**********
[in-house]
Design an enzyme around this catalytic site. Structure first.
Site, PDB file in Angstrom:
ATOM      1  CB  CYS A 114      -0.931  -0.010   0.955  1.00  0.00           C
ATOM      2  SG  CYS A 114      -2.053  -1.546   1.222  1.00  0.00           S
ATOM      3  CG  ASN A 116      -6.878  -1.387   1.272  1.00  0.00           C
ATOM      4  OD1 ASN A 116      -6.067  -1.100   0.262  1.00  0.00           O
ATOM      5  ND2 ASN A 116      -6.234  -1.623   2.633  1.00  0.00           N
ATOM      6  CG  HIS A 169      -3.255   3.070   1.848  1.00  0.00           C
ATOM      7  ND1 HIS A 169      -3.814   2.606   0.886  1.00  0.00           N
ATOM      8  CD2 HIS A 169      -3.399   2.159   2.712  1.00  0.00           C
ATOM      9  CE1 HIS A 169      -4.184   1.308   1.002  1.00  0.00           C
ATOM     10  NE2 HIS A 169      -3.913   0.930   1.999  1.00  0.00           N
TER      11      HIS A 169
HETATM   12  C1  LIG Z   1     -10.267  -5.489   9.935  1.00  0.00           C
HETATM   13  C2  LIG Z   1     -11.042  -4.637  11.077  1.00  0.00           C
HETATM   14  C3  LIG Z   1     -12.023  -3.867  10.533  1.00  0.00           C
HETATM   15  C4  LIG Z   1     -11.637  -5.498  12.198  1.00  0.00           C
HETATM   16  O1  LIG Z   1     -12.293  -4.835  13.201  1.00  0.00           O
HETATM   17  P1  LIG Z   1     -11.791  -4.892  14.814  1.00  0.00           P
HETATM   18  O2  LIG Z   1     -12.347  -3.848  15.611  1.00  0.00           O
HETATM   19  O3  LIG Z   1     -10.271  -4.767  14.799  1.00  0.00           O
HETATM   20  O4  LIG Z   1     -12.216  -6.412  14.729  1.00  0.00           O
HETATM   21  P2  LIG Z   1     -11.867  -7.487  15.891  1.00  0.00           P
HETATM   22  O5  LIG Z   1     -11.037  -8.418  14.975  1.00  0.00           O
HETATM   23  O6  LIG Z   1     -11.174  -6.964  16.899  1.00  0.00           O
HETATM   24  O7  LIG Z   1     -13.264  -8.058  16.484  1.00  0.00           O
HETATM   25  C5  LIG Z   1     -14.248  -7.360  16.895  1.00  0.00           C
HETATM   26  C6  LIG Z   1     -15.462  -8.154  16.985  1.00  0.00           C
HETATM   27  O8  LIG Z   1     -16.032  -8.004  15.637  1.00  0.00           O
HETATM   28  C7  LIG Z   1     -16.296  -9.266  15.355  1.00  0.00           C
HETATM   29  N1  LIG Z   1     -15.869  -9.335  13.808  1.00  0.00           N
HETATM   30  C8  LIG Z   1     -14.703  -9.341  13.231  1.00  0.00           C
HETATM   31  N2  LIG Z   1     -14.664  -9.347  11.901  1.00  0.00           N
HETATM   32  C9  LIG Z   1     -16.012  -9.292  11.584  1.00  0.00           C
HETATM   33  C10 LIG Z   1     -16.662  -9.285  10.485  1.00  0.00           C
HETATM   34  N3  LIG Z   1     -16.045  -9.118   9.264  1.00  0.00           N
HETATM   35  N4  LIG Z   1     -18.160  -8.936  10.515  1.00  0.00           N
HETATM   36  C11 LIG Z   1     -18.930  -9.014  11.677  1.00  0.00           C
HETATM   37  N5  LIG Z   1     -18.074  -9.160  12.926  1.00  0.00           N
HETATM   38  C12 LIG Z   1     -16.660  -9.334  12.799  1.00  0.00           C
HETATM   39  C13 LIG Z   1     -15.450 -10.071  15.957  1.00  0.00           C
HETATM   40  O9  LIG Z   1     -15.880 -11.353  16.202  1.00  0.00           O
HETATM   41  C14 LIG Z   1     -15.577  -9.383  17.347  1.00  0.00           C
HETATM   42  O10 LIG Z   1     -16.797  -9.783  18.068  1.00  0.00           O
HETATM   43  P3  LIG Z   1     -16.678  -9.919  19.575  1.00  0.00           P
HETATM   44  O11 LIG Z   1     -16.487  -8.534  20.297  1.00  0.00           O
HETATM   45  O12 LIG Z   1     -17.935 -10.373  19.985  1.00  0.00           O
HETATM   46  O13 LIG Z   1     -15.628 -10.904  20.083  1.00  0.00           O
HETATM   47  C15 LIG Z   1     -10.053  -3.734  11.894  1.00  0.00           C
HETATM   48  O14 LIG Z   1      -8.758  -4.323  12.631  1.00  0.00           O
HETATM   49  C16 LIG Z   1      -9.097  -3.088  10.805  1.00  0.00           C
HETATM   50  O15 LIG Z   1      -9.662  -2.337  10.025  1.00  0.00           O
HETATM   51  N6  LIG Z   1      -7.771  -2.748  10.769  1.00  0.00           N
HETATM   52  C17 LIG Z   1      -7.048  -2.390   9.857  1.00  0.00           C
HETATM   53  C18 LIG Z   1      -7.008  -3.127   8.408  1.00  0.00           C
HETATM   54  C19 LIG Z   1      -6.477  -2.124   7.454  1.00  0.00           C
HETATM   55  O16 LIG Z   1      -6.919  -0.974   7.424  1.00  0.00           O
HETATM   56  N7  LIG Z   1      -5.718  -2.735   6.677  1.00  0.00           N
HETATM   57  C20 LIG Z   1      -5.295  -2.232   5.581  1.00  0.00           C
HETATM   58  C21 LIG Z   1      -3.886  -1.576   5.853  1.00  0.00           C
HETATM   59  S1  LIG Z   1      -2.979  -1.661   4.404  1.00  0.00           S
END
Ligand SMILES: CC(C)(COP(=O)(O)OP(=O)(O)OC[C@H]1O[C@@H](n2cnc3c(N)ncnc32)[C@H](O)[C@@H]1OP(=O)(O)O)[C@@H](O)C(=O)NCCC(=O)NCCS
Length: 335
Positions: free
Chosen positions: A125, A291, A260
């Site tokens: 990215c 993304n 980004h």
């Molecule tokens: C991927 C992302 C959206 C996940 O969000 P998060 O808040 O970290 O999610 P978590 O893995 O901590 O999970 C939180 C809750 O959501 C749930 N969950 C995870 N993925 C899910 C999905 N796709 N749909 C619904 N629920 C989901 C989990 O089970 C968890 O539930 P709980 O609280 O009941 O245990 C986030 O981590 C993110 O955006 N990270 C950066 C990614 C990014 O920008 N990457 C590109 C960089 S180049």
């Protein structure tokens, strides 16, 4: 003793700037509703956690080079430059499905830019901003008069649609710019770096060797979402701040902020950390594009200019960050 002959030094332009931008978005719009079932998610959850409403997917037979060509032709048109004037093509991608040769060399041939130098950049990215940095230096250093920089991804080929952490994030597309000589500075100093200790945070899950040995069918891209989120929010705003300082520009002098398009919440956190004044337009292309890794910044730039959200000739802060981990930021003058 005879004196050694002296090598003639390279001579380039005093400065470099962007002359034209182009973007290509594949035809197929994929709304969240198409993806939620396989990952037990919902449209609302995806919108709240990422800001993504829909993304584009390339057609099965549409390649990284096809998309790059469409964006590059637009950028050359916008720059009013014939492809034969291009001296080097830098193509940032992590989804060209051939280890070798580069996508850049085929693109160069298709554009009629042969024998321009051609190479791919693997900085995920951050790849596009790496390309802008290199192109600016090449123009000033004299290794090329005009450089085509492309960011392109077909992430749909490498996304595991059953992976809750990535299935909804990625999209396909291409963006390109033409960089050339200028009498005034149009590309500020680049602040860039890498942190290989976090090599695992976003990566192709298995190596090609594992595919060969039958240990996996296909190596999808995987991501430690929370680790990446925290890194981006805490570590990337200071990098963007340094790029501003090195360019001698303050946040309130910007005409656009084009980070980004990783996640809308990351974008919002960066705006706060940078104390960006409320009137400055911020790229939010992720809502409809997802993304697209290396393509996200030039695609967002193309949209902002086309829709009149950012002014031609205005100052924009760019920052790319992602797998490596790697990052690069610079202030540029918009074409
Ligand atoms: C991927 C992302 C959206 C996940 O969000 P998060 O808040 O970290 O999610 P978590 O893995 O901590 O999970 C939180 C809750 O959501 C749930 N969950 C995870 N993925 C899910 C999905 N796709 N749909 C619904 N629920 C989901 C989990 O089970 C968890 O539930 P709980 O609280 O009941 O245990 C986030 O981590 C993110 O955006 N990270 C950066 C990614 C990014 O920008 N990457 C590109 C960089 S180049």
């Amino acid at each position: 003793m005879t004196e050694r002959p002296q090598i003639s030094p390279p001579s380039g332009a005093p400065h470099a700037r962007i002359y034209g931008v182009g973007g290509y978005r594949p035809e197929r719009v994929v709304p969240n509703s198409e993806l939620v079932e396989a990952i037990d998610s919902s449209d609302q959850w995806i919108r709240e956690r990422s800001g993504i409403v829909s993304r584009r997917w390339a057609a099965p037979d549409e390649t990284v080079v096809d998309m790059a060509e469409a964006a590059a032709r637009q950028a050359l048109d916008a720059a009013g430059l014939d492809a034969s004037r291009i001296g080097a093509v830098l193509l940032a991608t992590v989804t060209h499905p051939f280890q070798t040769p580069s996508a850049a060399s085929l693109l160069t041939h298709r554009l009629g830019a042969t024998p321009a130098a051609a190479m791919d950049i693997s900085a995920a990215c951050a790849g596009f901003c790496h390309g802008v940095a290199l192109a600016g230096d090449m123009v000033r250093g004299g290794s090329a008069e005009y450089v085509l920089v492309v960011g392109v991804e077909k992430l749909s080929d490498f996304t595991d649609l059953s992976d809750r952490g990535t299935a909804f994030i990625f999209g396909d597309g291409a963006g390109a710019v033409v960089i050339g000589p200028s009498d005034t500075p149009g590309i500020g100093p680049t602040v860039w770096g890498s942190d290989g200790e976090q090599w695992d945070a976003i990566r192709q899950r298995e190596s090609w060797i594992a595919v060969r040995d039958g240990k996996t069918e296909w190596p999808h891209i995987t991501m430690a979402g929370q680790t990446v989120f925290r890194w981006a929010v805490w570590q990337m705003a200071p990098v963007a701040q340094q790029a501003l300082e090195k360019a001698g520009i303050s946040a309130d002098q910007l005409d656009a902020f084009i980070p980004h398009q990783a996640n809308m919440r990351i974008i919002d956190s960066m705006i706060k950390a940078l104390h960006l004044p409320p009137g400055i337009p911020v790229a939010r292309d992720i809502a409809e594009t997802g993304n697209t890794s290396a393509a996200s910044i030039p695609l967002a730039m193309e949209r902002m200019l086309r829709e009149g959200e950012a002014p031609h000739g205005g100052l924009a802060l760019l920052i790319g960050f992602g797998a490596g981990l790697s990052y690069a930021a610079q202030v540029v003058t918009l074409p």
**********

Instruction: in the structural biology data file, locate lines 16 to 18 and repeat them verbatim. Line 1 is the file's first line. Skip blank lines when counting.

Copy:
HETATM   13  C2  LIG Z   1     -11.042  -4.637  11.077  1.00  0.00           C
HETATM   14  C3  LIG Z   1     -12.023  -3.867  10.533  1.00  0.00           C
HETATM   15  C4  LIG Z   1     -11.637  -5.498  12.198  1.00  0.00           C